Aging in rat causes hepatic hyperresposiveness to interleukin-1β which is mediated by neutral sphingomyelinase-2

Kristina Rutkute, Alexander A. Karakashian, Natalia V. Giltiay, Aneta Dobierzewska, Mariana N. Nikolova-Karakashian

Research output: Contribution to journalArticlepeer-review

31 Scopus citations


The process of aging has recently been shown to substantially affect the ability of cells to respond to inflammatory challenges. We demonstrate that aging leads to hepatic hyperresponsiveness to interleukin 1/3 (IL-1β), and we examine the factors that could be responsible for this phenomenon. IL-1β-induced phosphorylation of c-jun N-terminal kinase (JNK) in hepatocytes isolated from aged rats was 3 times more potent than that in hepatocytes from young rats. Moreover, JNK was activated by substantially lower doses of IL-1β. These age-related changes in JNK phosphorylation correlated with diminished IL-1β-induced degradation of interleukin-1 receptor-associated kinase-1 (IRAK-I). Expression levels of IL1β receptor I, total JNK, IRAK-1, and transforming growth factor-β-activated kinase-1 (TAK-1) were not affected by aging. However, increased neutral sphingomyelinase activity was observed in hepatocytes from old animals, which we show is caused by induction of the plasma membrane localized neutral sphingomyelinase-2 (NSMase-2). We provide evidence that NSMase-2 is both required and sufficient for the onset of IL-1β hyperresponsiveness during aging. Overexpression of NSMase-2 in hepatocytes from young rats leads both to a reduction in IRAK-1 degradation and potentiation of JNK phosphorylation, mimicking that seen in hepatocytes from old animals. More importantly, inhibition of NSMase activity in hepatocytes from aged rats using either scyphostatin or short interfering ribonucleic acid (siRNA) leads to reversion to the "young" phenotype of IL-Iβ response. Conclusion: These results show that the process of aging causes increased basal NSMase-2 activity in hepatocytes, which in turn leads to IRAK-1 stabilization, JNK potentiation, and ultimately IL-1β hyperresponsiveness.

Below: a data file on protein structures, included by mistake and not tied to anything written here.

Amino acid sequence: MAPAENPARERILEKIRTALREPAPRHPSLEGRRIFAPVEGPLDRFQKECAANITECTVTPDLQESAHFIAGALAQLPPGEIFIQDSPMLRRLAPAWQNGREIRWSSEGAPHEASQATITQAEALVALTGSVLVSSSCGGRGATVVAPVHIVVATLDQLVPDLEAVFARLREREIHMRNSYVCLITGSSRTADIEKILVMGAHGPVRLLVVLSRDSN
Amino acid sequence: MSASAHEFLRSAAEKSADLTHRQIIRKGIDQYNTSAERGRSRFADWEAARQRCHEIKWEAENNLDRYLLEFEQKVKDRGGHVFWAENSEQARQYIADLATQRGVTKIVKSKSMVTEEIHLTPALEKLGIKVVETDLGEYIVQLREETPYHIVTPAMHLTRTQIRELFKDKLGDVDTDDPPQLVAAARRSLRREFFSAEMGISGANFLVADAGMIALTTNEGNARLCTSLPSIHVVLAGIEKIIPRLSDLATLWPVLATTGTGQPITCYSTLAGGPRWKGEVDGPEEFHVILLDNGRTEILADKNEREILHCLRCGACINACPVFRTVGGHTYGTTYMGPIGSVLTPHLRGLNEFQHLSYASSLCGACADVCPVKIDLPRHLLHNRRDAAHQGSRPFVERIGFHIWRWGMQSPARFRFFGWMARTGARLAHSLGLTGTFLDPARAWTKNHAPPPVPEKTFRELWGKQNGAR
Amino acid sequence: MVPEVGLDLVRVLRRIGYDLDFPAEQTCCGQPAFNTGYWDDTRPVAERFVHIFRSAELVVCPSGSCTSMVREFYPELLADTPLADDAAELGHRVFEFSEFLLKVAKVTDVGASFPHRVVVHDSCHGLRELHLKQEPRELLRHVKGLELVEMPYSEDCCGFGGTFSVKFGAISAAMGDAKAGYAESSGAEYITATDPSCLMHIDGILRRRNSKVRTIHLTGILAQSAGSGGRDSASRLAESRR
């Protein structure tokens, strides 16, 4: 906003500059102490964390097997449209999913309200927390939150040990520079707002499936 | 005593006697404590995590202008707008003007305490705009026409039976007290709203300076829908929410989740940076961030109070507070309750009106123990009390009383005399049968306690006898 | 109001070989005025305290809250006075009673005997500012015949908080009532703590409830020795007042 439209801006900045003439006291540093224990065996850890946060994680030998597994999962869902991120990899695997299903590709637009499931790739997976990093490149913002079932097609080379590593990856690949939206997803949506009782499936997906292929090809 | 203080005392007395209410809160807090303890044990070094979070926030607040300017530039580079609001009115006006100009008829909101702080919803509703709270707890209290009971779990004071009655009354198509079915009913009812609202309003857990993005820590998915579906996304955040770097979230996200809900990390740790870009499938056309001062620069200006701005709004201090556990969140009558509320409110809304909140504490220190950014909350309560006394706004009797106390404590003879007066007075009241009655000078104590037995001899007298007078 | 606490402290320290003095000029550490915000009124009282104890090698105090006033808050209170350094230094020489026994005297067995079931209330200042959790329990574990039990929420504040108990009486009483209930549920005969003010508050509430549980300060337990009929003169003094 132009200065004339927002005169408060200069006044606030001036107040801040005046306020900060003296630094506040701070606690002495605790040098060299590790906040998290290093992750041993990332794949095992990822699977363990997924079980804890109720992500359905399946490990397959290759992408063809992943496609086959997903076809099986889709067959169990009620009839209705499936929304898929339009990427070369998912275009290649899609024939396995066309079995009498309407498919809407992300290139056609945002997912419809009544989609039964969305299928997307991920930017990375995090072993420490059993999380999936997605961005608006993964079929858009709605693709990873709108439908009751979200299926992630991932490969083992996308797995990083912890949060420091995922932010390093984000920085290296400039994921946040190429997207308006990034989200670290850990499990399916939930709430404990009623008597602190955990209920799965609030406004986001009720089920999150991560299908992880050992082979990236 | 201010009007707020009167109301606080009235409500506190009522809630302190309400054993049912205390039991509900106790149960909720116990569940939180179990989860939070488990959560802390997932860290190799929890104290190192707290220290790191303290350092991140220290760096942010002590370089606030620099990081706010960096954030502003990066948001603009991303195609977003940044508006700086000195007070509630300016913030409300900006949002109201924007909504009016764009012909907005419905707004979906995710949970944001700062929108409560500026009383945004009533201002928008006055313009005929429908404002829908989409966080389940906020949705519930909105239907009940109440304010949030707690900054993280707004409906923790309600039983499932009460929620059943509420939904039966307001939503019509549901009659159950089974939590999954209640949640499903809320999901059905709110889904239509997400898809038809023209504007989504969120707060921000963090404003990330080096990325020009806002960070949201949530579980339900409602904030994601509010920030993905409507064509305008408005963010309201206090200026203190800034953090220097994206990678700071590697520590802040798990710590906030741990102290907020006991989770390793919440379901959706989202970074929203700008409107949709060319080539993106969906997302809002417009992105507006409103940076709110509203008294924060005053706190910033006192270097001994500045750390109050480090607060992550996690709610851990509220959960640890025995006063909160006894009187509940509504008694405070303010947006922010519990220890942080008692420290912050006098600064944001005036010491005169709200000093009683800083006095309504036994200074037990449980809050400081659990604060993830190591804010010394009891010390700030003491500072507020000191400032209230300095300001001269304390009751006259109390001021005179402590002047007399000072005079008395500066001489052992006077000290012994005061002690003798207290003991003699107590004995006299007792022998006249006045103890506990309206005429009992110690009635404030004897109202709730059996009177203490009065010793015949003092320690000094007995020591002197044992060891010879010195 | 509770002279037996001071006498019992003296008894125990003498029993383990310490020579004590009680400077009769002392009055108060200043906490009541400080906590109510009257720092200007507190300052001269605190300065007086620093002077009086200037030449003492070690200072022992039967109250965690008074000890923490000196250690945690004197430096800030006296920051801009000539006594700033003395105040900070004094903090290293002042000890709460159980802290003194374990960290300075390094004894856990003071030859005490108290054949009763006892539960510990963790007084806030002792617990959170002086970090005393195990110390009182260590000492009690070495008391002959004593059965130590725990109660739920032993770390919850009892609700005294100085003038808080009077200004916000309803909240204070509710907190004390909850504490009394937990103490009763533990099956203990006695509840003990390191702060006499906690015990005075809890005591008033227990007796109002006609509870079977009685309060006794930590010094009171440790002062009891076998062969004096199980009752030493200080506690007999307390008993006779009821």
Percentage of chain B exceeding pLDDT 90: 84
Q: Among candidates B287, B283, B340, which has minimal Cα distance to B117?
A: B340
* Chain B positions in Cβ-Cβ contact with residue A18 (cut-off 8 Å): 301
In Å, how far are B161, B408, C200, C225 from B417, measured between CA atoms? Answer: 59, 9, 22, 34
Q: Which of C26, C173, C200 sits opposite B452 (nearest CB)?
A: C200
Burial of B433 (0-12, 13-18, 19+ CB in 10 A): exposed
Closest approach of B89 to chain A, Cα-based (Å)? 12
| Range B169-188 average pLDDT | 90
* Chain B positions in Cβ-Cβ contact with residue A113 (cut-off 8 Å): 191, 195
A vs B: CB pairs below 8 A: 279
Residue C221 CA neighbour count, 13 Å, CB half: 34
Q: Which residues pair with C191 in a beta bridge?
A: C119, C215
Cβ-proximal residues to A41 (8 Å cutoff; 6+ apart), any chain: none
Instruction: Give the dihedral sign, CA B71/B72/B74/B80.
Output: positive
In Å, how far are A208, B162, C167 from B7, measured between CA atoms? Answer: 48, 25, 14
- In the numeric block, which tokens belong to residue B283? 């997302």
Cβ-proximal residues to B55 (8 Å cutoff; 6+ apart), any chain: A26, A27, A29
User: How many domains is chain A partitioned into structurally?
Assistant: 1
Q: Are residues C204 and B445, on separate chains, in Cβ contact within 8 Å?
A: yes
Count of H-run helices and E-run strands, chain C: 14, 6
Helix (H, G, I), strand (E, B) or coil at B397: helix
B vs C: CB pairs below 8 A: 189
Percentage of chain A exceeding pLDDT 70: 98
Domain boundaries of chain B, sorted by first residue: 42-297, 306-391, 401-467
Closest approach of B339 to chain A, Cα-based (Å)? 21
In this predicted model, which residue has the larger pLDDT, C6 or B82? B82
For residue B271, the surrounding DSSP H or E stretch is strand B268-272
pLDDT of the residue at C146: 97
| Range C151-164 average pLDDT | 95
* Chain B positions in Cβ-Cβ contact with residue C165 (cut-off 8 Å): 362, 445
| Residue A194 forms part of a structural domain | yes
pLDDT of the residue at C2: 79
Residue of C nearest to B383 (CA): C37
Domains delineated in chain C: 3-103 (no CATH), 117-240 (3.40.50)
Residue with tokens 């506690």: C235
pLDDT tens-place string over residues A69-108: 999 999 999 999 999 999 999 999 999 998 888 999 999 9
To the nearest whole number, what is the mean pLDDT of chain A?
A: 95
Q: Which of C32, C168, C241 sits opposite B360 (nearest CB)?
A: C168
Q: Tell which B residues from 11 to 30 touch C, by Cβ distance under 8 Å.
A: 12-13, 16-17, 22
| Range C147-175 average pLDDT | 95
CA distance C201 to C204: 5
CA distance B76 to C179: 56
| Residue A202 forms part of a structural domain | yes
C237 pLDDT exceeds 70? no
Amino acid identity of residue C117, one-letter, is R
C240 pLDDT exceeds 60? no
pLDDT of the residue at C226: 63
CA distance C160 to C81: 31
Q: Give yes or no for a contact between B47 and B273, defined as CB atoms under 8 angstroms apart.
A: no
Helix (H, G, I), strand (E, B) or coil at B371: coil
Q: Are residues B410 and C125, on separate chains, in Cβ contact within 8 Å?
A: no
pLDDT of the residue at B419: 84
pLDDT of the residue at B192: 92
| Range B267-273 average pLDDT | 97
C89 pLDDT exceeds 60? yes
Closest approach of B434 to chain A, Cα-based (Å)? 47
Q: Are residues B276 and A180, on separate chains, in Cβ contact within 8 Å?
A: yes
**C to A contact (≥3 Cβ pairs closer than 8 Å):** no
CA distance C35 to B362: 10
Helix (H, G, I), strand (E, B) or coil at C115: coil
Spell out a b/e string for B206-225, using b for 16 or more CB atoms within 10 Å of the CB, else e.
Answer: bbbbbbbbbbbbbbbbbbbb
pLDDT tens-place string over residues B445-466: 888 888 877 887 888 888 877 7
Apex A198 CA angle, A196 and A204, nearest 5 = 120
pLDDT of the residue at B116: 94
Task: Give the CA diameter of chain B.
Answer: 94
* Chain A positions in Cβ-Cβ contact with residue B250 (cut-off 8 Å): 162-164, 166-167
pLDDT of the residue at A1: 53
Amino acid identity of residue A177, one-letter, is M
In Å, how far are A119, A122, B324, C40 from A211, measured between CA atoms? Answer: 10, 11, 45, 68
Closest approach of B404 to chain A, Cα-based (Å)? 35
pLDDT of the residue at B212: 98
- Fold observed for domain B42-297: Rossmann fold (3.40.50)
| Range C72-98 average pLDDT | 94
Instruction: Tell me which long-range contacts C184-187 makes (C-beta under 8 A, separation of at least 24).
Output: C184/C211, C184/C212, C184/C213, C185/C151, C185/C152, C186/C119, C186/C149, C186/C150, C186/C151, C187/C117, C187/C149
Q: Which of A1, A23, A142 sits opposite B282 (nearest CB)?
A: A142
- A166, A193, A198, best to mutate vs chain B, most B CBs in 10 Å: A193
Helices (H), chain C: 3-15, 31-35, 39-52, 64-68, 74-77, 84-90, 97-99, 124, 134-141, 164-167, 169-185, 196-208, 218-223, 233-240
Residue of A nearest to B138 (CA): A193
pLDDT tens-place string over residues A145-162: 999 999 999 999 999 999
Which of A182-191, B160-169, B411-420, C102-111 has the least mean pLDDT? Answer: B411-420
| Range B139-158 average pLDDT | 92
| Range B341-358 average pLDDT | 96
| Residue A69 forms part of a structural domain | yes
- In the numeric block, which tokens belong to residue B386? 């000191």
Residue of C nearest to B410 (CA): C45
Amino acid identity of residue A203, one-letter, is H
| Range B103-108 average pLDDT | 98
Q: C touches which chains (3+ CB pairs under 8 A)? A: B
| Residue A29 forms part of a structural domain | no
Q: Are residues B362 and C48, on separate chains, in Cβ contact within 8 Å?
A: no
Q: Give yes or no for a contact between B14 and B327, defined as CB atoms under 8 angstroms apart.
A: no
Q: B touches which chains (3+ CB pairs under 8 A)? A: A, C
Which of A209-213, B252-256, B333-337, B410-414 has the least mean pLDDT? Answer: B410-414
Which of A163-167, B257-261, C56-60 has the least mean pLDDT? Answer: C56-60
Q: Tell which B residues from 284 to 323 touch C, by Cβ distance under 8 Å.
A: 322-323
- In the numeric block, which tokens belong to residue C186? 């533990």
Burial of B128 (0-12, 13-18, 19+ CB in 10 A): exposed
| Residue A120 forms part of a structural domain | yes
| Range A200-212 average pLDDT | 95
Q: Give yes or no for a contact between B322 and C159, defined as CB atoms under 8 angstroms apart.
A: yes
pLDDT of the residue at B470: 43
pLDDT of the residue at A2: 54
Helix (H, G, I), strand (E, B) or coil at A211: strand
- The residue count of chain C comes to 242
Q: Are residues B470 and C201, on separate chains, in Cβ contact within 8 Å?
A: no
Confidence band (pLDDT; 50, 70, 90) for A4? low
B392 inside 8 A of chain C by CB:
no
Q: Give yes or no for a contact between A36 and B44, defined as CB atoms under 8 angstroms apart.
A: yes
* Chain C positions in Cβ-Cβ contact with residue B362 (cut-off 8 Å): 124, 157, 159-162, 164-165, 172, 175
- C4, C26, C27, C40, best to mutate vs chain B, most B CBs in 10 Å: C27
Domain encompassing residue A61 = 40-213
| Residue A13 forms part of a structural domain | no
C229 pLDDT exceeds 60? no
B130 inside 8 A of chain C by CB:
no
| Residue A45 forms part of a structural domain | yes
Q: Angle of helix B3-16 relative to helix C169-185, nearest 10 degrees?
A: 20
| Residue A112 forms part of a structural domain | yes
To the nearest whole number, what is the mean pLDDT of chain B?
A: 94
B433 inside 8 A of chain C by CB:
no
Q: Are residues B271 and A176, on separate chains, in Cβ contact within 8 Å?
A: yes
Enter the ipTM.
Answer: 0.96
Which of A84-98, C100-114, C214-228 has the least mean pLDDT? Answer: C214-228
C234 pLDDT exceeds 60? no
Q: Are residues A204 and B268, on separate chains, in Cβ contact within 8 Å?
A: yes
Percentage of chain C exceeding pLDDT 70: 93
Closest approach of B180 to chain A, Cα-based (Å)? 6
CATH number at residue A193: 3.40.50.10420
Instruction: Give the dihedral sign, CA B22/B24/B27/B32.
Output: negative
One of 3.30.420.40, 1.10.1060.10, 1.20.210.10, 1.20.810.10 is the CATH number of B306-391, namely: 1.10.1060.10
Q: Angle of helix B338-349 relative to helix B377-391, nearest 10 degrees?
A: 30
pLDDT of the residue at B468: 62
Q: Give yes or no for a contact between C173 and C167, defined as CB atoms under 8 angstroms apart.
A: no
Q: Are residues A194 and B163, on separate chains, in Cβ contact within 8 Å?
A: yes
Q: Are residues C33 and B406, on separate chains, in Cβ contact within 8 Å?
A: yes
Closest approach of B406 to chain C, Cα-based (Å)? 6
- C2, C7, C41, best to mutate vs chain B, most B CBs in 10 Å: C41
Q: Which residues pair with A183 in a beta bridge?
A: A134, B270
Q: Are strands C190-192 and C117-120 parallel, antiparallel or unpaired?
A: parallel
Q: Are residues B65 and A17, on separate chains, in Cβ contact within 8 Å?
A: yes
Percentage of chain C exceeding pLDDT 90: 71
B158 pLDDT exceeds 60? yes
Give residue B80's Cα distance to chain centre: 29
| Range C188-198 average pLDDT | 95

Original languageEnglish
Pages (from-to)1166-1176
Number of pages11
Issue number4
StatePublished - Oct 2007

ASJC Scopus subject areas

  • Hepatology


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